Melanie: Dr. Upchurch, do you feel that even people that are not necessarily at risk should have these done? And how often? Is this part of our yearly physical? Is it something that’s only done if it needs to be done?

Dr. Upchurch: I think a lot of it depends on how old you are when you’re screened. The aortic aneurysm is just in your infrarenal aorta. There is pretty good literature looking at your aorta once at the age of 60 or 65. If there’s no aneurysm there, you’re likely never going to develop aneurysm in your lifetime. Carotid disease, especially if you’re a non-smoker, a single look at your carotid bifurcation is probably adequate. And really, unless you have worsening symptoms of what’s called claudication or pain in your calves, hip, or buttocks when walking a reproducible distance, if you have a normal screening ABI or ankle brachial index, then you should be capable of not needing to be screened again—unless you develop symptoms, of course. And then, of course, you could always have another test done.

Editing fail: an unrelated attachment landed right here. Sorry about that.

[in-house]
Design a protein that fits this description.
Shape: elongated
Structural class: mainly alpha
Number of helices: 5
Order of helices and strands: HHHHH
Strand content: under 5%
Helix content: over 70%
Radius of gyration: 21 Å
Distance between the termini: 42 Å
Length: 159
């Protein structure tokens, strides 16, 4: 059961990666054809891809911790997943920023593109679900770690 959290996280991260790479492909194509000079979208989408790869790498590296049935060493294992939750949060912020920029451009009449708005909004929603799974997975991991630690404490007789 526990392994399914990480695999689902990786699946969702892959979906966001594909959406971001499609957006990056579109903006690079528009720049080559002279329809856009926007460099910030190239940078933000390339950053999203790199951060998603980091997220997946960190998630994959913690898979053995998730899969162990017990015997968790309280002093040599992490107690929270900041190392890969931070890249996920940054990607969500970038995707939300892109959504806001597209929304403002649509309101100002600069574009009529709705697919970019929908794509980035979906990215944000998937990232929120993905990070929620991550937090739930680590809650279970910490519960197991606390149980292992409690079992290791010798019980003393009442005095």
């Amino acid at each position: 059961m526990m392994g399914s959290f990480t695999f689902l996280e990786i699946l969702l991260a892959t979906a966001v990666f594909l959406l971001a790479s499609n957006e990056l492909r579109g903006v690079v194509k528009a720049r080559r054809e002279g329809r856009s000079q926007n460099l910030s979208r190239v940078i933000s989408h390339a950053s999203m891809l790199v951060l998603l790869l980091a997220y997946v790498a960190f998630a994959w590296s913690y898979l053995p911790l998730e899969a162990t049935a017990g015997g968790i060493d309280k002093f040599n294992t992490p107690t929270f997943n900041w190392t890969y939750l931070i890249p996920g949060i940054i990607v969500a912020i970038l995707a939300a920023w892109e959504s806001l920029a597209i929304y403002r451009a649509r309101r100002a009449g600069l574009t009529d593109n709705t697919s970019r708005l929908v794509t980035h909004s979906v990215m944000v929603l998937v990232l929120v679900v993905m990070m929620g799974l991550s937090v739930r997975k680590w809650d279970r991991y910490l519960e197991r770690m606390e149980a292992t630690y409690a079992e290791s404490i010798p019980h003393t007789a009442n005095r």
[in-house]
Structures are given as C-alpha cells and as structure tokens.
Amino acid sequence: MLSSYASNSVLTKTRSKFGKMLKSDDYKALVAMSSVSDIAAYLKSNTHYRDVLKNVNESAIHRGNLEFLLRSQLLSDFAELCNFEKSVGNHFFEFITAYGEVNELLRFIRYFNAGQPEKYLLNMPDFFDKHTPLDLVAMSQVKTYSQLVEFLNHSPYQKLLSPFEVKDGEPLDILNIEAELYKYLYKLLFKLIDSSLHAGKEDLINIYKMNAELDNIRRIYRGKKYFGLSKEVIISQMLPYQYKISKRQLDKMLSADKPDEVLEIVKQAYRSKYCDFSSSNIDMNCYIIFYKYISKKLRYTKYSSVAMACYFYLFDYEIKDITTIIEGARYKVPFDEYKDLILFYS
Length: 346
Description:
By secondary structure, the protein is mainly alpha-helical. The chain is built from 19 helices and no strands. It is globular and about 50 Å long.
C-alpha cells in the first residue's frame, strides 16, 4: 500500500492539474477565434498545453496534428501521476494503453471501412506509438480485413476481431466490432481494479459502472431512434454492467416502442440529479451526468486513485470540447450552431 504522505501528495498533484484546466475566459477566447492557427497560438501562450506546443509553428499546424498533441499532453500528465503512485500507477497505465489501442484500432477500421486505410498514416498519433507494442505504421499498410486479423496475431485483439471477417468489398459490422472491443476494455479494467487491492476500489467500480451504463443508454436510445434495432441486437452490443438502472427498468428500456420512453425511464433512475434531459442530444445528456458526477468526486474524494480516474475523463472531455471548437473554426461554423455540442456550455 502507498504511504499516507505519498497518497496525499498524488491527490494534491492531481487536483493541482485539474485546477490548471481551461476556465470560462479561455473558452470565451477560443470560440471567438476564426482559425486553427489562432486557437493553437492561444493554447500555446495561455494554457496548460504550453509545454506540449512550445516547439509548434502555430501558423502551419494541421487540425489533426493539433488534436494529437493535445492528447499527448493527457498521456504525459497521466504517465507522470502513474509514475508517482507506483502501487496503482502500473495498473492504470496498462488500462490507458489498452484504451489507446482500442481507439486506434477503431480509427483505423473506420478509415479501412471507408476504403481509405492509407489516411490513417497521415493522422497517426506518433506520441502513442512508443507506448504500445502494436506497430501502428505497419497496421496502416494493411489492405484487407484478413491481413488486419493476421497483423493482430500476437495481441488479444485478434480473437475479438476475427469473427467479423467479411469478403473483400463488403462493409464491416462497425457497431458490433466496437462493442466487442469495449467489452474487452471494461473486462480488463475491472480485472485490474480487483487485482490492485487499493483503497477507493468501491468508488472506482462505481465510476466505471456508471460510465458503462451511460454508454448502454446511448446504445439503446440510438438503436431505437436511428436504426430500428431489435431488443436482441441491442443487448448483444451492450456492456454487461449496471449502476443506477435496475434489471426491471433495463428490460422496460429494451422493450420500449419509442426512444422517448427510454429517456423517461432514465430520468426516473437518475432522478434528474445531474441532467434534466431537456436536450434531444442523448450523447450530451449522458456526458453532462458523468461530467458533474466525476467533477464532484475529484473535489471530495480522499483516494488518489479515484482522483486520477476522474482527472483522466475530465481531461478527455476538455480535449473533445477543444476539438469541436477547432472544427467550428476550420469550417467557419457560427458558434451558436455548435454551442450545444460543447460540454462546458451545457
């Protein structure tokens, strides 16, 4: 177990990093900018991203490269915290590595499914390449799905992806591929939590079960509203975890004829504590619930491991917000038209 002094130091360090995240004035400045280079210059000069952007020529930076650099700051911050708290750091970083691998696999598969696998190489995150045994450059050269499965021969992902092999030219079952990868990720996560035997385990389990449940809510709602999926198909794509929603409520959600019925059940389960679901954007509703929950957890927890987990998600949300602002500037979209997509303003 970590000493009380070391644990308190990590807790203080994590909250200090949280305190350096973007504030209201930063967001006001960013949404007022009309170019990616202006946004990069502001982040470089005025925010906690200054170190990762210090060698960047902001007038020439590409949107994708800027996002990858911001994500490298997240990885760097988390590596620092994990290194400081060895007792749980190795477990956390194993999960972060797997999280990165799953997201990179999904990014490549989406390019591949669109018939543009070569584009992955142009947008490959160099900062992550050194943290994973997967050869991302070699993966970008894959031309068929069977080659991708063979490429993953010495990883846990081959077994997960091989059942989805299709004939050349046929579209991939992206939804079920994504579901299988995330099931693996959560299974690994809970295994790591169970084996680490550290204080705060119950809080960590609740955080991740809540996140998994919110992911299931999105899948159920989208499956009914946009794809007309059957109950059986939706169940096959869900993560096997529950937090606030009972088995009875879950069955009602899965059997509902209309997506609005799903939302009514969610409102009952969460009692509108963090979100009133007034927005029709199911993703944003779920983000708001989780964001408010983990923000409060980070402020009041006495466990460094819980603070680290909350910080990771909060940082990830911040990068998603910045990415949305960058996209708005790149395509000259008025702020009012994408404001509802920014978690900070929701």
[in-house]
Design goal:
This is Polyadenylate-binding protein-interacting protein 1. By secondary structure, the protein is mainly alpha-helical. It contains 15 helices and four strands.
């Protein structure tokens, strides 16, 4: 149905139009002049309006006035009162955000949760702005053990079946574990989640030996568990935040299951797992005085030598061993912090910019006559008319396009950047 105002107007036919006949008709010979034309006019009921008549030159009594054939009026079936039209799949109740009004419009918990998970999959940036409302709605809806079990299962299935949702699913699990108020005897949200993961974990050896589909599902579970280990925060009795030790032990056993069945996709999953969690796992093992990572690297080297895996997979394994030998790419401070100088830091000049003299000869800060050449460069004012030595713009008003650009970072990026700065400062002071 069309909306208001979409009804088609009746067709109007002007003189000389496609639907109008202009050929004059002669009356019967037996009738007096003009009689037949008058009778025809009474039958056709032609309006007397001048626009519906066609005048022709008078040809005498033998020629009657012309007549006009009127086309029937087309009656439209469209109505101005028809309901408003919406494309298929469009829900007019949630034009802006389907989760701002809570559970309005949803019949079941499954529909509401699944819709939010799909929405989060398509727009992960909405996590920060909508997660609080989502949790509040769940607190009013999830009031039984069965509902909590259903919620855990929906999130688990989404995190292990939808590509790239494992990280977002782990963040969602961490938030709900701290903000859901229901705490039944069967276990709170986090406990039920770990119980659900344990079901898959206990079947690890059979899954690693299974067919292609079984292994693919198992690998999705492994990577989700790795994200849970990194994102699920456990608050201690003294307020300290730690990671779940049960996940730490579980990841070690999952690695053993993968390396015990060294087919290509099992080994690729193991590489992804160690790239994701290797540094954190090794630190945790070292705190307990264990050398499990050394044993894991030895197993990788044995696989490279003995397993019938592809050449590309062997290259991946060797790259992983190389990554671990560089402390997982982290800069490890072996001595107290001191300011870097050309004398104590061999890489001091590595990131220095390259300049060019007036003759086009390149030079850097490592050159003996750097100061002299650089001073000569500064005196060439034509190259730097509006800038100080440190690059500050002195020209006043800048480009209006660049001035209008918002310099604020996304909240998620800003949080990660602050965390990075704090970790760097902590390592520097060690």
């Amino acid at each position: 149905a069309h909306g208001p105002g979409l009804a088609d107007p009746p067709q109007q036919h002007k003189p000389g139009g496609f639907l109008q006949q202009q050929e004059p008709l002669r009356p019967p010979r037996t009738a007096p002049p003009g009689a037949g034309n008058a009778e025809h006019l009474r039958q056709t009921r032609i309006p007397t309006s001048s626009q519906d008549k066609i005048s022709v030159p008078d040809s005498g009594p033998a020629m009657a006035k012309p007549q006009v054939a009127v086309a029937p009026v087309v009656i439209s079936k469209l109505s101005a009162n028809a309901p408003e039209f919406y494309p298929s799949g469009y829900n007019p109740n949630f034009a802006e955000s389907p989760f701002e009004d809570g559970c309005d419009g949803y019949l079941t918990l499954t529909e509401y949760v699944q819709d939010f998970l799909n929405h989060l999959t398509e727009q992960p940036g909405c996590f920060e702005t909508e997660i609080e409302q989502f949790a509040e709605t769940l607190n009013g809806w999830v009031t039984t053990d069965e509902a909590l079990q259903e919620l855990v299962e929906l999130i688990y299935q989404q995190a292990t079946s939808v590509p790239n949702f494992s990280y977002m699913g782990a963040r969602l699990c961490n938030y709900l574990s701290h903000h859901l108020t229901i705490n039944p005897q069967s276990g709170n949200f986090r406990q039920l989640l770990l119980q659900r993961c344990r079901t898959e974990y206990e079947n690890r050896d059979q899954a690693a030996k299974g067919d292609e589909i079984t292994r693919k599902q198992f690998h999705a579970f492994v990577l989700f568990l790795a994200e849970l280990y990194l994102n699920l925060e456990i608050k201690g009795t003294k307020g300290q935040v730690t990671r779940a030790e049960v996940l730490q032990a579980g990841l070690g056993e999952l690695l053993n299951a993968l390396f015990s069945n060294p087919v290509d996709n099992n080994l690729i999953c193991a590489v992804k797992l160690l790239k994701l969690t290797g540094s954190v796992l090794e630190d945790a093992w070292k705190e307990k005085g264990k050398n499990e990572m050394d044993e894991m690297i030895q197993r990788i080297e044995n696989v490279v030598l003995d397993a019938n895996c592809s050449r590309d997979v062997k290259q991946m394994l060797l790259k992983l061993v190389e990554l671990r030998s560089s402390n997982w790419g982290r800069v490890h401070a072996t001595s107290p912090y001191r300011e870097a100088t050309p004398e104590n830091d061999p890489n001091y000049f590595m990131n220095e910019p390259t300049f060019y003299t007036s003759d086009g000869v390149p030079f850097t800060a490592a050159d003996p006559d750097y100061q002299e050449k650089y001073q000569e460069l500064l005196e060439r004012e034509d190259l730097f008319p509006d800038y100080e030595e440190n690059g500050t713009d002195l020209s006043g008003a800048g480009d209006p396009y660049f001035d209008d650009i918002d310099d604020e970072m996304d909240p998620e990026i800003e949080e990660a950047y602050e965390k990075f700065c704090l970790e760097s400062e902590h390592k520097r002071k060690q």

Melanie: Let’s speak about symptoms for a minute, Dr. Upchurch. When does chest pain -- people want to know -- or pain in their arms, or, as you described, pain the legs, claudication during activity, when does that warrant seeing a doctor versus saying, “Oh, it’s probably gas or muscular,” something like that? People are never quite sure about those symptoms.